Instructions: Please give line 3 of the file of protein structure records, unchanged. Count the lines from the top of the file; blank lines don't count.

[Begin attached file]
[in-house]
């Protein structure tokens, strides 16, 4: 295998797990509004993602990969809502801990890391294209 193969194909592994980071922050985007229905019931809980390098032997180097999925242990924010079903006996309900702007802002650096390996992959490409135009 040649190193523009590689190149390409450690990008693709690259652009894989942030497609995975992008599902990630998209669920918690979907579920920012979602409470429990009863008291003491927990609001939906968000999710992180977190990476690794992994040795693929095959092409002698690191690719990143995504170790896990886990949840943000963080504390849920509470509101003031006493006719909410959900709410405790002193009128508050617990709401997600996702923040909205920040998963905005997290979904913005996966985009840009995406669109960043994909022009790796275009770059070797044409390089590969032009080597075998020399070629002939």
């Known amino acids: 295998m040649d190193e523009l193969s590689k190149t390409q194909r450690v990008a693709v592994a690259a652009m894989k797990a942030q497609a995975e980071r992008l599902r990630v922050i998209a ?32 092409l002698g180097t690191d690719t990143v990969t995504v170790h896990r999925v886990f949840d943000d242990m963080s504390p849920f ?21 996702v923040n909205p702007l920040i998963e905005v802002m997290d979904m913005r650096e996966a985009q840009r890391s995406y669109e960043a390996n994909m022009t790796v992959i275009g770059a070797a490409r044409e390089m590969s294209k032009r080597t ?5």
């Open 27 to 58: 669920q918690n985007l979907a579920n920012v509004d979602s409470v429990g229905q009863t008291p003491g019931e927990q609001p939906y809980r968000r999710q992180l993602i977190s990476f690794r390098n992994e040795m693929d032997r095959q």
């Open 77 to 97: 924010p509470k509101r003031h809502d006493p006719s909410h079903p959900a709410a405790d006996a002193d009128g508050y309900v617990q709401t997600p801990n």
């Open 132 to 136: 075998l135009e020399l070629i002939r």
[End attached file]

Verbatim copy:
């Known amino acids: 295998m040649d190193e523009l193969s590689k190149t390409q194909r450690v990008a693709v592994a690259a652009m894989k797990a942030q497609a995975e980071r992008l599902r990630v922050i998209a ?32 092409l002698g180097t690191d690719t990143v990969t995504v170790h896990r999925v886990f949840d943000d242990m963080s504390p849920f ?21 996702v923040n909205p702007l920040i998963e905005v802002m997290d979904m913005r650096e996966a985009q840009r890391s995406y669109e960043a390996n994909m022009t790796v992959i275009g770059a070797a490409r044409e390089m590969s294209k032009r080597t ?5």